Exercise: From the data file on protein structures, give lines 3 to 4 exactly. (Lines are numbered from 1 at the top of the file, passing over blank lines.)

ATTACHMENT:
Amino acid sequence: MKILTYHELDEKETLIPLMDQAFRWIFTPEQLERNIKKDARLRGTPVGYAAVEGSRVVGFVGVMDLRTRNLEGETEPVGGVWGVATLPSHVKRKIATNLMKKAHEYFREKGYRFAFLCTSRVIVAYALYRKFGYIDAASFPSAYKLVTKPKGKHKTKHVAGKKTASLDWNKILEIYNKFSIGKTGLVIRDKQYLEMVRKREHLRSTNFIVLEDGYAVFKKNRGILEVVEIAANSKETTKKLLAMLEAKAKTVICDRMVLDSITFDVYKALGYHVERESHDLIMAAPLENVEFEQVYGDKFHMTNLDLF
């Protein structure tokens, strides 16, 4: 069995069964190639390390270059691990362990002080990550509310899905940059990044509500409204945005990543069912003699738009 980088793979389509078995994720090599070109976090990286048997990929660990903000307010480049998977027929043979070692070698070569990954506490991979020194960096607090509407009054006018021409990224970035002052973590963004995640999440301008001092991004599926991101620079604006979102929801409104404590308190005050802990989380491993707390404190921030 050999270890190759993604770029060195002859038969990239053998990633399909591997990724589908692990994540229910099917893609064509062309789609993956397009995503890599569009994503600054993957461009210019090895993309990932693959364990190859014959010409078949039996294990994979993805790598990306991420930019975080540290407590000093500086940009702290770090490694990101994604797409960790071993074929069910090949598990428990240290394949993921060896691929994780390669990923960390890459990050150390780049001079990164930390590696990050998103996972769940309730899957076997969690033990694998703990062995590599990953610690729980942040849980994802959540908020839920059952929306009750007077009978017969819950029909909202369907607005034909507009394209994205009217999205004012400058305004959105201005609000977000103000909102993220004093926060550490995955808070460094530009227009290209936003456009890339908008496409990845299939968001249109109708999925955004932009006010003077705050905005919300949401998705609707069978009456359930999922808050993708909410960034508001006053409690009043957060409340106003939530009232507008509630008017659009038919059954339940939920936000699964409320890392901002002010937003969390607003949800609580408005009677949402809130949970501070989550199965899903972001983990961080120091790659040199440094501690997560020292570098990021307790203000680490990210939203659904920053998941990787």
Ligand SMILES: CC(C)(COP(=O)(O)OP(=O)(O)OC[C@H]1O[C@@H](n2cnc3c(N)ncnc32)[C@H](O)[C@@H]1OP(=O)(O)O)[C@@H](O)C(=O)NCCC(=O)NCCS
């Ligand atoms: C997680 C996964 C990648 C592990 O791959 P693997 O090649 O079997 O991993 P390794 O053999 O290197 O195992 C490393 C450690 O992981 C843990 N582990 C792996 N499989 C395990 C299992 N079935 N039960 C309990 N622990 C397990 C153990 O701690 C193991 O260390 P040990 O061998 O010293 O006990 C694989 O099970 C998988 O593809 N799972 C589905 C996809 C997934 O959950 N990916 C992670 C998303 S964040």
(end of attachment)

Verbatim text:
Ligand SMILES: CC(C)(COP(=O)(O)OP(=O)(O)OC[C@H]1O[C@@H](n2cnc3c(N)ncnc32)[C@H](O)[C@@H]1OP(=O)(O)O)[C@@H](O)C(=O)NCCC(=O)NCCS
């Ligand atoms: C997680 C996964 C990648 C592990 O791959 P693997 O090649 O079997 O991993 P390794 O053999 O290197 O195992 C490393 C450690 O992981 C843990 N582990 C792996 N499989 C395990 C299992 N079935 N039960 C309990 N622990 C397990 C153990 O701690 C193991 O260390 P040990 O061998 O010293 O006990 C694989 O099970 C998988 O593809 N799972 C589905 C996809 C997934 O959950 N990916 C992670 C998303 S964040």